Al-Azhar’s modern twist on book burning
Earlier this month, Egypt summoned an Iranian diplomat to protest against an Iranian documentary about the 1981 assassination of Egyptian President Anwar Sadat, saying it would hurt improving ties between the two countries. Official statements from Cairo gave few details as to the contents of the film, other than suggesting it glorified Sadat’s assassins and portrayed Sadat as a traitor who sold out the Palestinian cause.
But apparently calling in the Iranian diplomat was deemed insufficient censure of the film, and al-Azhar, the thousand-year-old edifice of Islamic learning, was called into the fray as well. The government-appointed Sheikh of al-Azhar Mohamed Sayed Tantawi, known for his close ties to the state, convened an emergency session of al-Azhar’s Islamic Research Academy to address the issue. The resulting statement was published in the state’s flagship al-Ahram daily.
Condemning the “deviant group” that produced the movie, the academy said the film was the worst kind of un-Islamic behaviour imaginable, the “worst kind of crime.” Sadat was a martyr who deserved praise for welcoming the shah of Iran and for making peace with Israel, it said. Those acts were evidence of his courage and wisdom, “of which the world of wise men stood in awe.”
Sadat was slain by Islamist assassins in October 1981, when his popularity reached its lowest point with Egyptians following his purge of and extensive crackdown on political opponents of his controversial peace with Israel. His welcoming of the deposed shah in Egypt earned him the enmity of the Iranian regime.
But here’s the kicker: “(The rulers of Iran) must know that this ugly film will be a cause for the collapse of any efforts at rapprochement (between Sunnis and Shiites)… and this rift will not be healed without the burning of this ridiculous film.”
The wording of the preamble to the statement suggests that no one in the academy has actually seen the film, as it quotes media reports about it being offensive.
An Iranian newspaper later quoted an Iranian official as saying “The documentary has been produced by a private organisation… and does not represent Iran’s official stance.” The article seemed to confirm that the documentary praised Sadat’s assassins.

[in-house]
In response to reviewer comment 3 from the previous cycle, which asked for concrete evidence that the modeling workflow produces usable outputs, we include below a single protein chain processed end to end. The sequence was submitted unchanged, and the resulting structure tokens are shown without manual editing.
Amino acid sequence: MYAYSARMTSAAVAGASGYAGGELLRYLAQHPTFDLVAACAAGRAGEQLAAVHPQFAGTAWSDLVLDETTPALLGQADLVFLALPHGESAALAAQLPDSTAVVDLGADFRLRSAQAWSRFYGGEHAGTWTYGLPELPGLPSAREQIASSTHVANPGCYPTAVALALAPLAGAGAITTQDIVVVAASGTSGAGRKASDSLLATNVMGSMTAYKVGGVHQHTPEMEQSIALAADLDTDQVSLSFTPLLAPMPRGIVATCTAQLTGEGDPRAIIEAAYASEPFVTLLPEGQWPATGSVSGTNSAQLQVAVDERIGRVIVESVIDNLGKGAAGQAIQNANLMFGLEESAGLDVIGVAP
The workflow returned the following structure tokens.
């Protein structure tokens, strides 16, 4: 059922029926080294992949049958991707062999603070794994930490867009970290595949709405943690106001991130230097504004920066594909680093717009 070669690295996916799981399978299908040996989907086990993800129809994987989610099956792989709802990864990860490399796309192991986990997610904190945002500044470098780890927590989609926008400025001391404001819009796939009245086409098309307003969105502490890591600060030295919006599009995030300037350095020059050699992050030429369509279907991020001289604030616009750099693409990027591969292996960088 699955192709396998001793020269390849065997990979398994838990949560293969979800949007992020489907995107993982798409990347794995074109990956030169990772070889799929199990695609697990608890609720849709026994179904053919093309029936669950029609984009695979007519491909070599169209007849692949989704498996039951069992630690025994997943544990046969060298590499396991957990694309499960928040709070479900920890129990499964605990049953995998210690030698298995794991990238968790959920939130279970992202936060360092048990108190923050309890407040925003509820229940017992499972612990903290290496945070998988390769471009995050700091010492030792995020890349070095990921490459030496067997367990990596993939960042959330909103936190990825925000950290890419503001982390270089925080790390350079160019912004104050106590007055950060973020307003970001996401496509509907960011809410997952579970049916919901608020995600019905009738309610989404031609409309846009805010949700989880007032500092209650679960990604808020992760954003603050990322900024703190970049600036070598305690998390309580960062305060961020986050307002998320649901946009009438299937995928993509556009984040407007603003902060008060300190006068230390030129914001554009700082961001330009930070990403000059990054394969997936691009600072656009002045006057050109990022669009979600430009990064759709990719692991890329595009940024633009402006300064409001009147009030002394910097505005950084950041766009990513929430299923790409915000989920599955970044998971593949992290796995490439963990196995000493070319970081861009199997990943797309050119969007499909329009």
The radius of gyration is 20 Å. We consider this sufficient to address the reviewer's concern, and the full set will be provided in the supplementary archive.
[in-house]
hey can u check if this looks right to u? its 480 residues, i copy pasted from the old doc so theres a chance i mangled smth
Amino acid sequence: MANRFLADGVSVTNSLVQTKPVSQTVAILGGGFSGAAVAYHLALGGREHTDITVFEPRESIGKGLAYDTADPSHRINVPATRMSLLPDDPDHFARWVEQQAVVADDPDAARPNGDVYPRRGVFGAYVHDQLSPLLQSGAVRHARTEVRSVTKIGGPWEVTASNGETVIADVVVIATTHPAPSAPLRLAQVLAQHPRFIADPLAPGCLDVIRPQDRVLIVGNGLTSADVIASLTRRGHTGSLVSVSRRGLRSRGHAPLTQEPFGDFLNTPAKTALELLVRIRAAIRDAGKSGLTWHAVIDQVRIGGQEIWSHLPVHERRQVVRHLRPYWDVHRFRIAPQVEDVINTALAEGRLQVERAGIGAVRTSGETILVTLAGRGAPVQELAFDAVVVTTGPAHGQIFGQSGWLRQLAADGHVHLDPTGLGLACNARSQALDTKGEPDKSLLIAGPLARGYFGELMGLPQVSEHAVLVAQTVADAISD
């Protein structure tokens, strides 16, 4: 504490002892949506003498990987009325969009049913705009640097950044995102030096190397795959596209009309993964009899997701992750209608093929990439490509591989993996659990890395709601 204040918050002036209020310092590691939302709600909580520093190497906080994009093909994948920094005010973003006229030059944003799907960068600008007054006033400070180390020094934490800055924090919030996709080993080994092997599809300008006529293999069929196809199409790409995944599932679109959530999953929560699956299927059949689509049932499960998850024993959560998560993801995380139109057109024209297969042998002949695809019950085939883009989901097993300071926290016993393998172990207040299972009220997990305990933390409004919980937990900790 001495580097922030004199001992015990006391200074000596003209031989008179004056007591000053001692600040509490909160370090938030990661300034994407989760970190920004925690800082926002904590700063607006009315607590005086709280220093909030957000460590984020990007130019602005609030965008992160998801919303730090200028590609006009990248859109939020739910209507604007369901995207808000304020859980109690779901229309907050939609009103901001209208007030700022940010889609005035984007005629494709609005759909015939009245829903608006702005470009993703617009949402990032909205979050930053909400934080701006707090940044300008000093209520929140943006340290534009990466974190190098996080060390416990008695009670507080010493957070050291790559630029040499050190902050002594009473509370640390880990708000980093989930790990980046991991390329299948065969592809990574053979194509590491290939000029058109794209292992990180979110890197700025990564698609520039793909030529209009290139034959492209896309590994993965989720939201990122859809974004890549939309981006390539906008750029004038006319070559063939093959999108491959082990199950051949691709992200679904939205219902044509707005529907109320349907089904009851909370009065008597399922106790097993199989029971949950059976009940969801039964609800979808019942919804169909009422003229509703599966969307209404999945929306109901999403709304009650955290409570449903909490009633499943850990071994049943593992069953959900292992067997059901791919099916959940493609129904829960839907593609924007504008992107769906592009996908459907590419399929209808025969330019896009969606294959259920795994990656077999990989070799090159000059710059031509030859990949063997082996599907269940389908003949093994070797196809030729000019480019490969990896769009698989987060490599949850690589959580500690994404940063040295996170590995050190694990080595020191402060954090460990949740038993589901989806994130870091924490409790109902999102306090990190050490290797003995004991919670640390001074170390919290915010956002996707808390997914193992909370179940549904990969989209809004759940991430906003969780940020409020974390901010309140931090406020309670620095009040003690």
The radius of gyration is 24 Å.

That’s actually one of the cultural issues that pops up every time something like this happens. During the Danish cartoons controversy, various figures in the religious or political establishments of Muslim countries demanded the offending paper and artists be prosecuted. They seemed to operate on the assumption that all states can control media output in their countries, as many Muslim and Arab governments do.
Despite Iran’s official disdain for Sadat, it’s possible that Tehran wasn’t too happy about this, given that Iran has been racheting up efforts to achieve a rapprochement with Egypt, possibly to break its international isolation.
The episode is another in a long line of cases where the state enlists what was once a prestigious and independent (well, depending on when) collective of Islamic scholars into echoing the government’s grievances with an added Islamic flavour. It is arguably al-Azhar’s apparent willingness to engage in such overtly nationalist and populist political manoeuvres that has left it suffering a serious credibility crisis with most Muslims.
It’s tempting to say few will have much sympathy for Al-Azhar’s statement when it rarely speaks out so vociferously against the political, social and economic ills that afflict Egypt. But nationalism backed up by powerful state-controlled media has historically had a good record at whipping up popular support.